Homily from Father Alex McAllister SDS
Fourth Sunday of Advent
Posted for December 21, 2014
We have now come to the last Sunday of Advent and we are in the immediate preparations for Christmas. Each year Christmas seems to come around quicker and quicker and it is as if Advent hardly lasts any time at all.
Perhaps we have become over preoccupied with the practical preparations for Christmas, but we should be careful not to let ourselves to become so distracted that we neglect to prepare ourselves to celebrate this season in a truly spiritual way.
Actually the Readings today help us to properly prepare for Christmas and on this last Sunday of Advent they are extremely interesting.
The first reading is about King David who is the most famous of the Kings of Israel. We remember how his predecessor King Saul lost favour in the eyes of God and we recall how the Prophet Samuel then chose David, the youngest of Jesse’s sons, and anointed him as Saul’s successor. From that moment David grew from being an insignificant shepherd boy to a man of great stature.
We recall how he killed the giant Goliath by hitting him on the forehead with a stone from his sling. As a result Saul made David commander of his armies and gave him his daughter Michal in marriage. We remember too David’s famous friendship with Saul’s son Jonathan.
When both Saul and Jonathan died in battle David was then proclaimed King. He made Jerusalem his capital and took the Ark of the Covenant to reside there. As we heard in our first reading David had a great desire to build a temple for the Lord in Jerusalem; but the Prophet Nathan tells him that he is not to build a house for God to dwell in, but instead God would build a house for him. By this he means that God would grant David a great family of descendants; we call this the House of David.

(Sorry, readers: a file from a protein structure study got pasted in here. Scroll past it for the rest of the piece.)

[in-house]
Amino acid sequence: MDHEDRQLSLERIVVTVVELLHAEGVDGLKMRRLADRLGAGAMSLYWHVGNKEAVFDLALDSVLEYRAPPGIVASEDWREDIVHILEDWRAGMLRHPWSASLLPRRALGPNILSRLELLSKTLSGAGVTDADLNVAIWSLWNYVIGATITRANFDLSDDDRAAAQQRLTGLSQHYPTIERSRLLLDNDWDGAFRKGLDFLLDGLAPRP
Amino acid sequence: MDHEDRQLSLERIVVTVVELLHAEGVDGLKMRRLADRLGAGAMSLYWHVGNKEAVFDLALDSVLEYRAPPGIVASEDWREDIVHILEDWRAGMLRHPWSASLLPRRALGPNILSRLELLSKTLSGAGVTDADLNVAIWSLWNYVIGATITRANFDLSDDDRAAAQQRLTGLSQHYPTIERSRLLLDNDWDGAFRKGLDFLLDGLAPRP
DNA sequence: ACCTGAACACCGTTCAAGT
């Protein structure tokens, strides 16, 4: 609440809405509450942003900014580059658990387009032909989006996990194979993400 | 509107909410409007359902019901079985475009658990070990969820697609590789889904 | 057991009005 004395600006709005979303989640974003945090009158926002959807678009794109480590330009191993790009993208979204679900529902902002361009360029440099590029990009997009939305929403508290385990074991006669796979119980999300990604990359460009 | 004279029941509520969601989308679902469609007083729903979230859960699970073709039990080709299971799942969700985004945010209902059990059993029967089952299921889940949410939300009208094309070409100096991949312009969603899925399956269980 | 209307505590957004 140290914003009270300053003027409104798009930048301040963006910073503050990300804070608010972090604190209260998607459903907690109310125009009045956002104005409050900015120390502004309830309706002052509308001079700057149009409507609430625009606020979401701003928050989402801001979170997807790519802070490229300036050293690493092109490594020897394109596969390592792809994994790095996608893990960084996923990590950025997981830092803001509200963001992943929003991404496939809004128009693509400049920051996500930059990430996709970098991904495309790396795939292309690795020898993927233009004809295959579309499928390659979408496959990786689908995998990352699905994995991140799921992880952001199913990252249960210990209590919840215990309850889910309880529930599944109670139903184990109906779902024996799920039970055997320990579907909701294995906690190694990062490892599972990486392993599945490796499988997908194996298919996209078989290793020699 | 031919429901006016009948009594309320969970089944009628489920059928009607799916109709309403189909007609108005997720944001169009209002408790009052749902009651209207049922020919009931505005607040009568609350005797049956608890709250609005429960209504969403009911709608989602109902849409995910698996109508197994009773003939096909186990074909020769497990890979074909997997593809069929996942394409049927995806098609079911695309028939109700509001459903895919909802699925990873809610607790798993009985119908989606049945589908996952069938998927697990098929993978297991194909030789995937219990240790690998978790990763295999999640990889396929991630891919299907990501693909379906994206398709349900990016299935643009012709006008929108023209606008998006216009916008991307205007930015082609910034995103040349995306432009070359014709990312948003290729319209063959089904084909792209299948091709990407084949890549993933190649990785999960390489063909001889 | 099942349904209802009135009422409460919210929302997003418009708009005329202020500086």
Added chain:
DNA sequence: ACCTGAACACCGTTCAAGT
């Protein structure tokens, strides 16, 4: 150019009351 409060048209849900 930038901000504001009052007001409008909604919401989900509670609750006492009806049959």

We Christians have always considered ourselves to be part of David’s house and line, not through direct biological lineage like the Jews but through a deep spiritual lineage. It remains very important that Jesus himself can directly trace his ancestors back to King David because it was firmly believed that the Messiah was to be a Son of David.
Since we are the spiritual descendants of Jesus we regard ourselves as being spiritual descendants of King David too.
According to the Jewish people the coming Messiah would incorporate many of the best characteristics of King David and his rule would unite the People of Israel and inaugurate a time of universal peace and brotherhood.
Of course, we now see how the Kingdom of God as inaugurated by Jesus Christ goes far beyond anything the Jewish people could have conceived. Christ’s is no purely earthly Kingdom but is one which unites heaven and earth as well as past, present and future.
Ultimately the Kingdom of God is all the people of the earth from all the ages gathered in worship around God’s throne.
In the Gospel reading we are told the story of the Annunciation as given to us by Luke the Evangelist. We hear the story of how the Angel Gabriel announces to Mary that she is to be the mother of the Son of God. We hear too how Mary agrees to this divine proposal in her most beautiful words, ‘I am the handmaid of the Lord, let what you have said be done to me.’
The Church places these two readings from scripture before us today because there is a very strong link between them.
It is understandable that David wants to build a temple for the Lord but he is told that this is not to be his task. It is a role eventually given to his son Solomon who constructs a fabulous temple in Jerusalem, but his Temple only lasts about four hundred years and was in fact completely demolished by Nebuchadnezzar, the King of Babylon. A second temple was built after the Jewish people returned from exile in Babylon, but this in turn was destroyed by the Romans in 70AD and was never rebuilt.
The lesson we have to draw is that these earthly temples, while being important places of worship in their day, were essentially material constructions. What we realise is that God cannot be housed in a world of his own creation. As an entirely spiritual entity God cannot be contained within four walls. God exists completely outside time and space; it is he who gives shelter to the world and not the world which gives shelter to God.